As with any good suit, one should look at an unlined suit as an investment which, with the right loving care, will provide pleasure for years, decades even. As such, be prepared to pay a premium for a well-tailored unlined suit. A tailor needs to take extra care to ensure that the inside of each seam and hem looks as neat and tidy as the outside, making them even more difficult to construct. They are also at risk of losing structure quicker due to the absence of lining for support, which means careful pressing when you’re travelling. However, in my opinion, they’re still the best option relative to both lined and the hybrid half-lined version because you don’t want sweat patches on your shirt underneath your jacket.

Another classic option for places as hot as Florence is the linen suit. Similar to the unlined suit, your biggest challenge with the linen suit is structuring; so you have to get it right the first time. First, ensure that the jacket fits perfectly on the shoulders. Because it’s a linen suit, it is obviously unlined, which means that there aren’t any pads in the shoulder area for support. As a result, the garment needs to fit snuggly. In addition, the initial fit on the shoulder is vital. Tailors can seldom alter suits correctly, here, at a later stage because it can drastically change the look of the garment. As far as design goes, the world is your oyster concerning whether you choose to wear a single, double-breasted or even safari suit. Your only limiting factor will be the occasion for which you need it. In its casual nature, the linen suit allows you to get away with more than what a wool suit has to offer in terms of styling. While the latter may call for a formal shirt and maybe even a tie, the former gives you the freedom to wear with a V-neck t-shirt. You have my permission to express yourself. Try pairing a linen double-breasted jacket with stonewash jeans and sneakers…it’s allowed, so go wild.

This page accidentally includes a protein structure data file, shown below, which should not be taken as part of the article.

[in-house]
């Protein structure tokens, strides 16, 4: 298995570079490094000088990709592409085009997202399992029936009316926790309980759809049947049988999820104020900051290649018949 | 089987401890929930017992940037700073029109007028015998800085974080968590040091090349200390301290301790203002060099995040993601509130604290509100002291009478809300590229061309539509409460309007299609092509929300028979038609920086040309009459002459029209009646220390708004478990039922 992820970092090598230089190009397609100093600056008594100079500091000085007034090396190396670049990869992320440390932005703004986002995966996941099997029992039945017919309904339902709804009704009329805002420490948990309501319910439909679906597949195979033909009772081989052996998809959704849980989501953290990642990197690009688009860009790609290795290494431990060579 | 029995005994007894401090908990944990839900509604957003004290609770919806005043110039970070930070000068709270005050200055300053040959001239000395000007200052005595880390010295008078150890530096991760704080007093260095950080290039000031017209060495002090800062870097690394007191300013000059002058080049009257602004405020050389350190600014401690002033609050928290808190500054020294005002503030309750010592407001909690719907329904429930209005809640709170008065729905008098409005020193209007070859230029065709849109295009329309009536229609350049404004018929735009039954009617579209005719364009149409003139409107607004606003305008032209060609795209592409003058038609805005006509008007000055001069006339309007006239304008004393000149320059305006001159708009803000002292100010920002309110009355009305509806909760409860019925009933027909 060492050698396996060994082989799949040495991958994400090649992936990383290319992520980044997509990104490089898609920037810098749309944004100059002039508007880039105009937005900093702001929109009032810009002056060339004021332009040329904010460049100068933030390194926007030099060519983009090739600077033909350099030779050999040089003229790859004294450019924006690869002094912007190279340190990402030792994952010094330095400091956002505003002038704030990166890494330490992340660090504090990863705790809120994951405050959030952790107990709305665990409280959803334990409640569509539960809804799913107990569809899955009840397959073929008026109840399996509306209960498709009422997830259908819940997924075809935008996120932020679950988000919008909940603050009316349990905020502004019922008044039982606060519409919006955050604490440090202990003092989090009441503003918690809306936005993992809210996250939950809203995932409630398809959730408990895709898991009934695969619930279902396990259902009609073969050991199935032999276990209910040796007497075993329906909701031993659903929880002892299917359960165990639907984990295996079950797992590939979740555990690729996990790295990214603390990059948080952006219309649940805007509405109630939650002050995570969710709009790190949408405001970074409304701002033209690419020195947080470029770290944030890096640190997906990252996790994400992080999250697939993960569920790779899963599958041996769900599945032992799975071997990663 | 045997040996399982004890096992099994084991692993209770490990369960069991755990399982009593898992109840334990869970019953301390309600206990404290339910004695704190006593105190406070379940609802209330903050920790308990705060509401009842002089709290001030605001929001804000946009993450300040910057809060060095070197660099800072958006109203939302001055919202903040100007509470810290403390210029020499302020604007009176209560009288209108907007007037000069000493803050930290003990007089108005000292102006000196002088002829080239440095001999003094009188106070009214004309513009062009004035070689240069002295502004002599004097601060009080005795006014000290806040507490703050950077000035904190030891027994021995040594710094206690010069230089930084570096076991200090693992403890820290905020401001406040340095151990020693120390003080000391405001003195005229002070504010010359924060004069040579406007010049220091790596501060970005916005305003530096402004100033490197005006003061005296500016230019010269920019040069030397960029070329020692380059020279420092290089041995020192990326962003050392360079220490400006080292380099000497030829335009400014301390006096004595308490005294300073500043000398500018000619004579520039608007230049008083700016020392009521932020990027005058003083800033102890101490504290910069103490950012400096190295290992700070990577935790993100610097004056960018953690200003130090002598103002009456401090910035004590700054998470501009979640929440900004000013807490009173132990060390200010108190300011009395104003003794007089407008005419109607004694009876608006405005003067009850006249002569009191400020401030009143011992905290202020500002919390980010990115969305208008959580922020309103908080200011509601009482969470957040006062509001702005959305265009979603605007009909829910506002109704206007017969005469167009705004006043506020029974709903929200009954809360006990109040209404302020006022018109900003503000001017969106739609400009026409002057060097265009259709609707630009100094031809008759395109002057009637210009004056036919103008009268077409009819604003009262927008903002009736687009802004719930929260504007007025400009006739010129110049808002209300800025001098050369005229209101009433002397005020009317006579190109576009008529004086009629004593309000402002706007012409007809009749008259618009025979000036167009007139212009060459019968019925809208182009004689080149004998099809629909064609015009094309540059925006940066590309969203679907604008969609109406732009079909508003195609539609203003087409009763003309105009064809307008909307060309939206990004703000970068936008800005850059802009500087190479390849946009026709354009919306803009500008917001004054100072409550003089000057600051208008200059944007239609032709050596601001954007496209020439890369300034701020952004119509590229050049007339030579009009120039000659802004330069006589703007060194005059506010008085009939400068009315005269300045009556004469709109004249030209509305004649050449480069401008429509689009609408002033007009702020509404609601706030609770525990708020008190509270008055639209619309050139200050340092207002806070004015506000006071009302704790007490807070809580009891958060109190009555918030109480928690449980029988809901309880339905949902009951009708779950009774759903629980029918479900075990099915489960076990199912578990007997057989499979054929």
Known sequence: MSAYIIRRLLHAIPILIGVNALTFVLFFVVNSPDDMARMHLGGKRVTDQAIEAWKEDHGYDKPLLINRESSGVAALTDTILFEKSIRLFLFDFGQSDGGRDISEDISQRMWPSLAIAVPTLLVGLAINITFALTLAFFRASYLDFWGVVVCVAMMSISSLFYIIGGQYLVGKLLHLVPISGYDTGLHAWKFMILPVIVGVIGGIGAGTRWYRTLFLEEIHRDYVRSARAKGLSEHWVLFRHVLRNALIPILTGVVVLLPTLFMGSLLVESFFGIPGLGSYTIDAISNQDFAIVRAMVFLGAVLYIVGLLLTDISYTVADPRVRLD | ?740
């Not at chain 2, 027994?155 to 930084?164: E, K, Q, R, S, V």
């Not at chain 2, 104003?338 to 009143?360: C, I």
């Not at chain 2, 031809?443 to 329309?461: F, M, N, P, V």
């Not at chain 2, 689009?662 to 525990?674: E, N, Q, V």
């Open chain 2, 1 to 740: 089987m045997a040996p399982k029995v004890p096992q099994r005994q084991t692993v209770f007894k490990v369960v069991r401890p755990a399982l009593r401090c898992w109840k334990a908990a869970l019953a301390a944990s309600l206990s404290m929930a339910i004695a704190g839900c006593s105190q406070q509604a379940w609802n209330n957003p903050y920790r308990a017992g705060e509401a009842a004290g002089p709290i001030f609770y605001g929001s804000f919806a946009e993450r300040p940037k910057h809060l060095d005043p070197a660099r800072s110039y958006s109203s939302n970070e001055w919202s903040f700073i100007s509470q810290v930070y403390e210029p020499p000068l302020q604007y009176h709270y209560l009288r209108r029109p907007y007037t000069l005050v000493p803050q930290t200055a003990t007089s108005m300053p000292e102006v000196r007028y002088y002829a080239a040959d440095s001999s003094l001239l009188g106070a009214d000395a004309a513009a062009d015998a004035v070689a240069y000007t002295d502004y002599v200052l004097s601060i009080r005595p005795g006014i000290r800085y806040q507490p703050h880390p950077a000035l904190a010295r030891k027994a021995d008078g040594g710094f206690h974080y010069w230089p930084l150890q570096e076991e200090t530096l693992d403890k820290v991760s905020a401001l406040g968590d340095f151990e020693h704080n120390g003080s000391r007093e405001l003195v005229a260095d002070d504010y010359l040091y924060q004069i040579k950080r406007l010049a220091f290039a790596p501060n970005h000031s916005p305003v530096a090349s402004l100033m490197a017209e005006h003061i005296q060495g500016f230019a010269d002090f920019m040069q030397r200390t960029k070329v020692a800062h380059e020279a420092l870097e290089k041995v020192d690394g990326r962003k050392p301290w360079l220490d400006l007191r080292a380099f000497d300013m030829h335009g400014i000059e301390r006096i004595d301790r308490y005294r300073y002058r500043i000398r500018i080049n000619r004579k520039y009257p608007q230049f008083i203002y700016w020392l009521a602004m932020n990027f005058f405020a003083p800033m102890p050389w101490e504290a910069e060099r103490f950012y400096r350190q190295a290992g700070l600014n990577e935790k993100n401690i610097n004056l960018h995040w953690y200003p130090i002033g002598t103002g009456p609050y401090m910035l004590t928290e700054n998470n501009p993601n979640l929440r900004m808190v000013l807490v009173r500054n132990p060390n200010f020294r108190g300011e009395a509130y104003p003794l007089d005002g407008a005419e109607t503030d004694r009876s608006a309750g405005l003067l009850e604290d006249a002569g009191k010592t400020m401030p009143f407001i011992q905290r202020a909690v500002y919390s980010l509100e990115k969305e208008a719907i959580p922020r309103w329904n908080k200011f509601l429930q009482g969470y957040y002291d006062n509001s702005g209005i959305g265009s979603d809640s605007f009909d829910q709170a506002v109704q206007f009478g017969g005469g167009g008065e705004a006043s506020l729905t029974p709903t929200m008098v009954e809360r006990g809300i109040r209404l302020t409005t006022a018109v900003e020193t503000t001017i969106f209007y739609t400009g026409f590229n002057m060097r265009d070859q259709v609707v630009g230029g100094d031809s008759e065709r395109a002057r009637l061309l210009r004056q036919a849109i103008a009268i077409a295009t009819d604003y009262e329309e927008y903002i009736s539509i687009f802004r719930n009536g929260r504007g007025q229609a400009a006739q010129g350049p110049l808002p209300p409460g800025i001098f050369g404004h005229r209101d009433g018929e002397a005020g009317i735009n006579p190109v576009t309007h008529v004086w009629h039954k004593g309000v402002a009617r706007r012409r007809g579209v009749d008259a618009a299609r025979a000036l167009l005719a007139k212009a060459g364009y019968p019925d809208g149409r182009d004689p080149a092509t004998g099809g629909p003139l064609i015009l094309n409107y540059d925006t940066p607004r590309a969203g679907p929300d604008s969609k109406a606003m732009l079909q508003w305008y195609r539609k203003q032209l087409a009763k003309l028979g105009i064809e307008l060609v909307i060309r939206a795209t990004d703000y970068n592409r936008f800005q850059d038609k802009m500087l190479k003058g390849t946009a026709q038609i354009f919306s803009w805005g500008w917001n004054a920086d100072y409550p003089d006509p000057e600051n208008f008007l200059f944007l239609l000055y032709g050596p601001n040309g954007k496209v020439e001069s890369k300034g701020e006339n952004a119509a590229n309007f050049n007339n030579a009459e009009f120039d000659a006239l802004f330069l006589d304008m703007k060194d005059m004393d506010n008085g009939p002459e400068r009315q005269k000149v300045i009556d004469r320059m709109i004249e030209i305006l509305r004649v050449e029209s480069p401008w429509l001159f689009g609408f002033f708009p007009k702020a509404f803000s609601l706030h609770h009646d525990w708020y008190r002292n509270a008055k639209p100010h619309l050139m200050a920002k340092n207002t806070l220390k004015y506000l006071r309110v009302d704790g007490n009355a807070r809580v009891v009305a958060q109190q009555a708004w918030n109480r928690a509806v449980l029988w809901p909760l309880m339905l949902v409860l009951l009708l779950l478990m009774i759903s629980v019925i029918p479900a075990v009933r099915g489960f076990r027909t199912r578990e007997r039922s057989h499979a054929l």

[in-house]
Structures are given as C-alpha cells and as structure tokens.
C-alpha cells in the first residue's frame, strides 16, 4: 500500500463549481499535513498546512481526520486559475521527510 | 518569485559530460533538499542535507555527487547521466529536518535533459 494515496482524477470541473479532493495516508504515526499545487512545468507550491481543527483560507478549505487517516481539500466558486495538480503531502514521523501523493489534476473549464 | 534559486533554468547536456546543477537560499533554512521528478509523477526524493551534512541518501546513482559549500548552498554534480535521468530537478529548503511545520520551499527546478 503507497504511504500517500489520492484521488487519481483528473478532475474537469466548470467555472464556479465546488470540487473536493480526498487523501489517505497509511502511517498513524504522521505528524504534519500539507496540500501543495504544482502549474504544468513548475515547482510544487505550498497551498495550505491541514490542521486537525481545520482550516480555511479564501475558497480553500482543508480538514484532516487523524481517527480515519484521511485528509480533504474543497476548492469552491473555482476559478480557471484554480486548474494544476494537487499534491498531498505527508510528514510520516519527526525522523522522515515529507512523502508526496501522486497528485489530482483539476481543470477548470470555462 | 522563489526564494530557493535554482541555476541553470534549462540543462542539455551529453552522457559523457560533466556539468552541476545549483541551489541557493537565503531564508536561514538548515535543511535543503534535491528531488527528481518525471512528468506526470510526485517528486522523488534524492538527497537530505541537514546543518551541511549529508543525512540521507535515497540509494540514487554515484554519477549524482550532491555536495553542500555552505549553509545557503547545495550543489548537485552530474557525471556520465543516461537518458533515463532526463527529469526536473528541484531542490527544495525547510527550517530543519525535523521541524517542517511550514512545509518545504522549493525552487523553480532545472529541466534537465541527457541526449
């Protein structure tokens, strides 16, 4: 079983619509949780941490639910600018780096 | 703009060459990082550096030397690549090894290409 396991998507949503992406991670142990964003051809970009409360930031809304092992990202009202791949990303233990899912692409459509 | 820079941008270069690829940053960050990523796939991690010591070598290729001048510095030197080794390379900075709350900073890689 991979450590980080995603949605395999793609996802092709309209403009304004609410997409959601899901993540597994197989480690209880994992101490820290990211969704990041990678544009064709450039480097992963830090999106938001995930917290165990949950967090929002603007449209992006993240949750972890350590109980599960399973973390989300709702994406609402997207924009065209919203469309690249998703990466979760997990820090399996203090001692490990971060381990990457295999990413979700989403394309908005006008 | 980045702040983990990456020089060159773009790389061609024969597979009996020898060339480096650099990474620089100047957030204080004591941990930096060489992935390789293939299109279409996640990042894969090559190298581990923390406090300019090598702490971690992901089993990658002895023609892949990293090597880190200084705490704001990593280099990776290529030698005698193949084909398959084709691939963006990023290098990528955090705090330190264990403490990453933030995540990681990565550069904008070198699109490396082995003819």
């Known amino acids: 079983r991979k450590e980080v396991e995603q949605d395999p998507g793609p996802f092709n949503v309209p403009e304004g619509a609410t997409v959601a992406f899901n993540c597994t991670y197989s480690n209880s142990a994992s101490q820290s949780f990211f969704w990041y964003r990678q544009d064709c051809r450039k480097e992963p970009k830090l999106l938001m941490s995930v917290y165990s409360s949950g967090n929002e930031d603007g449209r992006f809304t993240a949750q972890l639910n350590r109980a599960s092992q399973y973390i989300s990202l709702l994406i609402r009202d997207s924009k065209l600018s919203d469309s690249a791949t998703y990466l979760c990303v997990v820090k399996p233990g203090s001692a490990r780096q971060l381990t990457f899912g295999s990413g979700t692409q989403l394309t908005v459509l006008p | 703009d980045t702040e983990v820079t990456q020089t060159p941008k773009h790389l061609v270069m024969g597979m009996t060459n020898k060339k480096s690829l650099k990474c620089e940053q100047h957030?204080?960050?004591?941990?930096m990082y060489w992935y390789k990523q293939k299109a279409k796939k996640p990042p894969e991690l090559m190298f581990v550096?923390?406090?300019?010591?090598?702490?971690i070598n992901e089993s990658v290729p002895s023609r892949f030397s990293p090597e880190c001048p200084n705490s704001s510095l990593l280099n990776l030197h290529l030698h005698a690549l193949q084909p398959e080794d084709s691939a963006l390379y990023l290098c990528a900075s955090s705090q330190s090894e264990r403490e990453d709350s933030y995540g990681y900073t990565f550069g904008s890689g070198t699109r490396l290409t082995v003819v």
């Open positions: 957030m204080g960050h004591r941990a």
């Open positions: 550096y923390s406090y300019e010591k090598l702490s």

As far as the appropriate shoes are concerned, the Pitti Uomo affair allows a whole host of options, including wearing your suit with sneakers. This is certainly a more comfortable option than formal dress shoes given the amount of walking one does in Firenze. Given my outfits, Belgian loafers were my preferred mode of transport at Pitti. Outside of which, I was amazed at how great the bike culture is in Florence as a whole. Coming from Johannesburg, cycling is only something I consider for leisure and exercise. In Florence, it’s the cheapest form of transport even used by businessmen and women in suits.

Writer: Ndzutha Mngqibisa